Best Ways To Teach Teens To Slow Down In Life
There is a concept in our modern life that being busy is a sign of success. Unfortunately, the emphasis on being busy and “keeping up” has led to various mental health concerns among professionals, such as increased anxiety and depression.
Moreover, operating under the paradigm of a culture that professes to be busy as a virtue can lead to people masking their feelings by being busy.
These pressures can lead to the development of stress and other issues. Developing coping mechanisms to mitigate these external pressures and eliminate stress from becoming a significant part of your life takes time and an understanding of the root causes.
It’s important then to teach your teenagers the importance of living a well-balanced life that puts activities into proper perspective and provides some time for personal development and mental health.
Before professional treatment is necessary, you can take steps to develop a healthy balance of activity and relaxation.
So before you conduct a Google search for a mental health retreat in the Caribbean, learn tactics that will help you prioritize what’s important and provide yourself with plenty of downtimes. As a result, you’ll be happier, the teenagers in your life will be happier, and you will all develop coping mechanisms to handle time crunches more effectively in the future.
Don’t Confuse Activity For Accomplishment
Legendary college basketball coach John Wooden famously told his teams, “don’t confuse activity for accomplishment.” By stressing the buzz of busyness, what he’s saying is that you could be busy doing nothing, but if you’re busy working toward a goal, that achievement is valuable.
In our hectic work and life, we tend to put too much stress on doing things without that activity ever reaching an achievement. We’re too busy not to finish something.
Think of it like this: going grocery shopping without a list. You may browse up and down each aisle, buy some snacks and necessities, and head home only to pick up food to go along the way. Or you could go to the grocery store with a checklist in hand, pick the items you need, head home and prepare the meal you set out to purchase.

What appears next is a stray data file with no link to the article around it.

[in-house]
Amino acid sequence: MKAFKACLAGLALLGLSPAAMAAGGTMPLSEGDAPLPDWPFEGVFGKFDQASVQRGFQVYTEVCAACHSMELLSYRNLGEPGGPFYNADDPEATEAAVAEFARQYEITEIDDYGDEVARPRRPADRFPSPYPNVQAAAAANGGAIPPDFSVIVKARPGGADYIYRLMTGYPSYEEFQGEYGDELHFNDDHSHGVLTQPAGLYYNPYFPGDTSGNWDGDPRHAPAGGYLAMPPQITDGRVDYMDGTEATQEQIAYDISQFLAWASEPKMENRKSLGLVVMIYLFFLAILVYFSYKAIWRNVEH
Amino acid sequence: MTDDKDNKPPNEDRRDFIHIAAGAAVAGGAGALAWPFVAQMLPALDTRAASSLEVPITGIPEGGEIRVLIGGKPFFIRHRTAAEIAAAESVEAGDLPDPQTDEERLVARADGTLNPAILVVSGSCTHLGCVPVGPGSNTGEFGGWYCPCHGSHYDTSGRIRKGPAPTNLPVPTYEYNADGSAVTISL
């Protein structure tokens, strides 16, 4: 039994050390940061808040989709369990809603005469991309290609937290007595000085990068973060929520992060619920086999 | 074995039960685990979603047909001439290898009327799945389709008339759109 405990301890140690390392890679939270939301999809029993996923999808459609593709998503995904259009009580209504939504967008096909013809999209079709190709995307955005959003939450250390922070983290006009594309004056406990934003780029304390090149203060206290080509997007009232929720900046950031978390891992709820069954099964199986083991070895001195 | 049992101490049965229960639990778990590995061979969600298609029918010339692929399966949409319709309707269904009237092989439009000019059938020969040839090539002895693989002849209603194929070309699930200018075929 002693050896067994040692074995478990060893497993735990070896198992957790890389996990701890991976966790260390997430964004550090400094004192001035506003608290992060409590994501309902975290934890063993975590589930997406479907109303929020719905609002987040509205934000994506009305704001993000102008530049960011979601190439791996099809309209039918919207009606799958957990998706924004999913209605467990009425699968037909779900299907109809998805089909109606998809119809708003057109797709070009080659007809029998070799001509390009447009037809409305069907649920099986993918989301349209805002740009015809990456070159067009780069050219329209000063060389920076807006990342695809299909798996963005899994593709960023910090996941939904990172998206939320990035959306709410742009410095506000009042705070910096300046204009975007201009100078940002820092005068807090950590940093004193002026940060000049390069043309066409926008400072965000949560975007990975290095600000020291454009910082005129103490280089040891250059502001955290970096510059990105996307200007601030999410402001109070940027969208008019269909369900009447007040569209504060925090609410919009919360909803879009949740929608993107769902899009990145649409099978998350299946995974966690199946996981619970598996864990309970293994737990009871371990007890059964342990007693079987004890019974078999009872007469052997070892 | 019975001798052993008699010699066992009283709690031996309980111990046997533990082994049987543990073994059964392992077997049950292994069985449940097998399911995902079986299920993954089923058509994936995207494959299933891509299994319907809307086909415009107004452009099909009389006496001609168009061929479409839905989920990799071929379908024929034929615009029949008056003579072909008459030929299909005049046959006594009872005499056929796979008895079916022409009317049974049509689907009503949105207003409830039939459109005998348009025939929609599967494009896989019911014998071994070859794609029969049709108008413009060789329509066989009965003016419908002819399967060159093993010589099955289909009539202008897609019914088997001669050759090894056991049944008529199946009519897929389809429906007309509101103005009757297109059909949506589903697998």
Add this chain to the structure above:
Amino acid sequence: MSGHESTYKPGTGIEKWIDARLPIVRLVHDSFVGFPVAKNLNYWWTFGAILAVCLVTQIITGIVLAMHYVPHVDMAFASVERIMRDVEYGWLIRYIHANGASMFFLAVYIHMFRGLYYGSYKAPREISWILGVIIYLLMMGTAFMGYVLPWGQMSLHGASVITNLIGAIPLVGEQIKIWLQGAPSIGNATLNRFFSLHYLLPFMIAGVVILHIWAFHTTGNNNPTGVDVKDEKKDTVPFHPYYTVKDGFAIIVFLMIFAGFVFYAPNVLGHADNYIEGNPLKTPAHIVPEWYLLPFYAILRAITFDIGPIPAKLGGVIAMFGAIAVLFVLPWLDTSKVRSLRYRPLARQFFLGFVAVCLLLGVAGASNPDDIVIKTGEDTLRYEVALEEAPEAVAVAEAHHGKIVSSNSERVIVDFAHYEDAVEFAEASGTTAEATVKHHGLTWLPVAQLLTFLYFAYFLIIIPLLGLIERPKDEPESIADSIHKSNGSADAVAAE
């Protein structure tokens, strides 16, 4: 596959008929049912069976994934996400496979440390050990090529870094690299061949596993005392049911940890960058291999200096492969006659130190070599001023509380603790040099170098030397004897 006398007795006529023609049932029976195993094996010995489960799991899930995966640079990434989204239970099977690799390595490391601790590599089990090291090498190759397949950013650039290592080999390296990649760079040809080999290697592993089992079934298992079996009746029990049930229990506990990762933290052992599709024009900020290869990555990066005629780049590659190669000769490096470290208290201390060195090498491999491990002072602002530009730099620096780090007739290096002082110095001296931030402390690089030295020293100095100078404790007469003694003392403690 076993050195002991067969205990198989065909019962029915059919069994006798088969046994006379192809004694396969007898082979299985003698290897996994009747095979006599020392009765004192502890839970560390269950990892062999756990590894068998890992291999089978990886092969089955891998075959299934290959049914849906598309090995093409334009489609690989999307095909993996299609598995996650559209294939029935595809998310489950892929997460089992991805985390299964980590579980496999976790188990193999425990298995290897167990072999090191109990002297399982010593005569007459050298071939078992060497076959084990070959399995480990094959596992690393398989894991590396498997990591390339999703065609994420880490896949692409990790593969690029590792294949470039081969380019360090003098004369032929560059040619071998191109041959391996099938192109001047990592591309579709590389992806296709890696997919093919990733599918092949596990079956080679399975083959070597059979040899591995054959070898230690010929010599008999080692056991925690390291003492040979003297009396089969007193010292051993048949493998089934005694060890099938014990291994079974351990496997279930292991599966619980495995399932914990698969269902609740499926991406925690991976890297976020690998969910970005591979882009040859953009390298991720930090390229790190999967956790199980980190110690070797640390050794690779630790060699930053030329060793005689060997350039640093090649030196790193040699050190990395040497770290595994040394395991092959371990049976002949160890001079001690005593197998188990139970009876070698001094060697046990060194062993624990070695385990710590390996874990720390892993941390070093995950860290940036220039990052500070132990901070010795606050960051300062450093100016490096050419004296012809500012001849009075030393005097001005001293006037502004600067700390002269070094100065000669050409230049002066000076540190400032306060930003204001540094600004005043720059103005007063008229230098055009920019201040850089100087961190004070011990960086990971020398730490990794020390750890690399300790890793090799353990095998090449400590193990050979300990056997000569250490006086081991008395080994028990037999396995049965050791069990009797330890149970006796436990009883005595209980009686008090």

The Busy Versus Productive Trap
Being busy and being productive are two different things entirely. When we’re busy, we have a lot on our plates, often competing with each other for our time and our energy.
Getting the kids ready for school, getting yourself ready for work, then getting your kids to campus on time while trying to make it to work yourself is busy.
Productiveness, on the other hand, is the process of using your time and energy efficiently to accomplish a task or goal.
Teaching your teenagers to recognize the difference between busy and productive activity and accomplishment will give them the tools to prioritize things in life and help them better utilize time-management skills.
Model Behaviors You Want Your Teen To Adopt
Teaching your teenagers (and any of your kids) what you think are essential life skills is crucial to their health and development, and while you’re messaging maybe with good intentions, you come across as a hypocrite if you don’t practice what you preach.
Modeling the behaviors and attitudes, you want your children to adopt goes much further than telling them to do something. Whether you know it or not, how you handle adversity, sleep, work-life balance, and other “adult” things is how you shape your kid’s perception of those for later in life.
For example, plenty of research shows that exercise offers benefits beyond physical fitness, including boosting moods, slowing aging, increasing sleep quality, and minimizing the effects of mental health concerns.
If you believe that exercise is important, show your teenager by doing it in front of them. Better yet, get them involved and include them in your exercise routines. It may be a great bonding moment and an opportunity for you to model the behaviors you’re trying to impress upon them.
Teaching your teens to slow down in life is a coping mechanism to handle those moments in life that seem overwhelming.
Developing a strategy that focuses on slowing down, adopting healthy behaviors like exercise, and understanding the differences between being busy and accomplishing something helps your teenagers develop the crucial time-management skills they’ll need later in life.
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